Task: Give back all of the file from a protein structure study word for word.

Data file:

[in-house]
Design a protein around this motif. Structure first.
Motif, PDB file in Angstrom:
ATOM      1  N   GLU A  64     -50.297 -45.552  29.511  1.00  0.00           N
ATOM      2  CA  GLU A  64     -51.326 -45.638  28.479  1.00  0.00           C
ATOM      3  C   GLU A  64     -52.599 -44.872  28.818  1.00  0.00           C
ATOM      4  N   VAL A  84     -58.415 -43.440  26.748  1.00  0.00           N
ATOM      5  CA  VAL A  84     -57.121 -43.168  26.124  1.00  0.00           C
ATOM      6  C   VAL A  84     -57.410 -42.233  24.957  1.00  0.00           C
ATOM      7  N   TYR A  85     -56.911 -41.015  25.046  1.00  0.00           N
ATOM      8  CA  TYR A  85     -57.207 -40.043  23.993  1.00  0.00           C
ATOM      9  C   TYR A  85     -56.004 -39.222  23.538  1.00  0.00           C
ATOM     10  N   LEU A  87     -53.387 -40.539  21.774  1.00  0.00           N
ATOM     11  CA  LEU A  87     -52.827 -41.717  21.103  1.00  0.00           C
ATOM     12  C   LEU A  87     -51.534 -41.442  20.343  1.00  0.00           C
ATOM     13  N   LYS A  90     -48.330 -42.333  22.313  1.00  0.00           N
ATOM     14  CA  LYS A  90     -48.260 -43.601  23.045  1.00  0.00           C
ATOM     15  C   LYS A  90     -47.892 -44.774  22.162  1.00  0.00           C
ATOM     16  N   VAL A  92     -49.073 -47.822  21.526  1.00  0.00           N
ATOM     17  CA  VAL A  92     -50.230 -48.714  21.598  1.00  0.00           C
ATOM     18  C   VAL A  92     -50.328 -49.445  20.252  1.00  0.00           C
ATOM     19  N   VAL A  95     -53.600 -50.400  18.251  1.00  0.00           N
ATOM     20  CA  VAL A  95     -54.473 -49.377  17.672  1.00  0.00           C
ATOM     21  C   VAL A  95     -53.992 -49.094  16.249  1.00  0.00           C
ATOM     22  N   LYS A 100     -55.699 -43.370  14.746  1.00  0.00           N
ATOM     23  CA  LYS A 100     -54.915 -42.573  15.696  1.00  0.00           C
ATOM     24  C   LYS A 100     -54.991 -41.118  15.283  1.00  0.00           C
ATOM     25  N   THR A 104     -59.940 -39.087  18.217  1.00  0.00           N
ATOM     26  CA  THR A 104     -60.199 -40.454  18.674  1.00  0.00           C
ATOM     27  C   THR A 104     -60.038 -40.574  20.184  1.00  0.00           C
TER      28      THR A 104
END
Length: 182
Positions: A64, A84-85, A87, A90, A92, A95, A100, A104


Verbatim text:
[in-house]
Design a protein around this motif. Structure first.
Motif, PDB file in Angstrom:
ATOM      1  N   GLU A  64     -50.297 -45.552  29.511  1.00  0.00           N
ATOM      2  CA  GLU A  64     -51.326 -45.638  28.479  1.00  0.00           C
ATOM      3  C   GLU A  64     -52.599 -44.872  28.818  1.00  0.00           C
ATOM      4  N   VAL A  84     -58.415 -43.440  26.748  1.00  0.00           N
ATOM      5  CA  VAL A  84     -57.121 -43.168  26.124  1.00  0.00           C
ATOM      6  C   VAL A  84     -57.410 -42.233  24.957  1.00  0.00           C
ATOM      7  N   TYR A  85     -56.911 -41.015  25.046  1.00  0.00           N
ATOM      8  CA  TYR A  85     -57.207 -40.043  23.993  1.00  0.00           C
ATOM      9  C   TYR A  85     -56.004 -39.222  23.538  1.00  0.00           C
ATOM     10  N   LEU A  87     -53.387 -40.539  21.774  1.00  0.00           N
ATOM     11  CA  LEU A  87     -52.827 -41.717  21.103  1.00  0.00           C
ATOM     12  C   LEU A  87     -51.534 -41.442  20.343  1.00  0.00           C
ATOM     13  N   LYS A  90     -48.330 -42.333  22.313  1.00  0.00           N
ATOM     14  CA  LYS A  90     -48.260 -43.601  23.045  1.00  0.00           C
ATOM     15  C   LYS A  90     -47.892 -44.774  22.162  1.00  0.00           C
ATOM     16  N   VAL A  92     -49.073 -47.822  21.526  1.00  0.00           N
ATOM     17  CA  VAL A  92     -50.230 -48.714  21.598  1.00  0.00           C
ATOM     18  C   VAL A  92     -50.328 -49.445  20.252  1.00  0.00           C
ATOM     19  N   VAL A  95     -53.600 -50.400  18.251  1.00  0.00           N
ATOM     20  CA  VAL A  95     -54.473 -49.377  17.672  1.00  0.00           C
ATOM     21  C   VAL A  95     -53.992 -49.094  16.249  1.00  0.00           C
ATOM     22  N   LYS A 100     -55.699 -43.370  14.746  1.00  0.00           N
ATOM     23  CA  LYS A 100     -54.915 -42.573  15.696  1.00  0.00           C
ATOM     24  C   LYS A 100     -54.991 -41.118  15.283  1.00  0.00           C
ATOM     25  N   THR A 104     -59.940 -39.087  18.217  1.00  0.00           N
ATOM     26  CA  THR A 104     -60.199 -40.454  18.674  1.00  0.00           C
ATOM     27  C   THR A 104     -60.038 -40.574  20.184  1.00  0.00           C
TER      28      THR A 104
END
Length: 182
Positions: A64, A84-85, A87, A90, A92, A95, A100, A104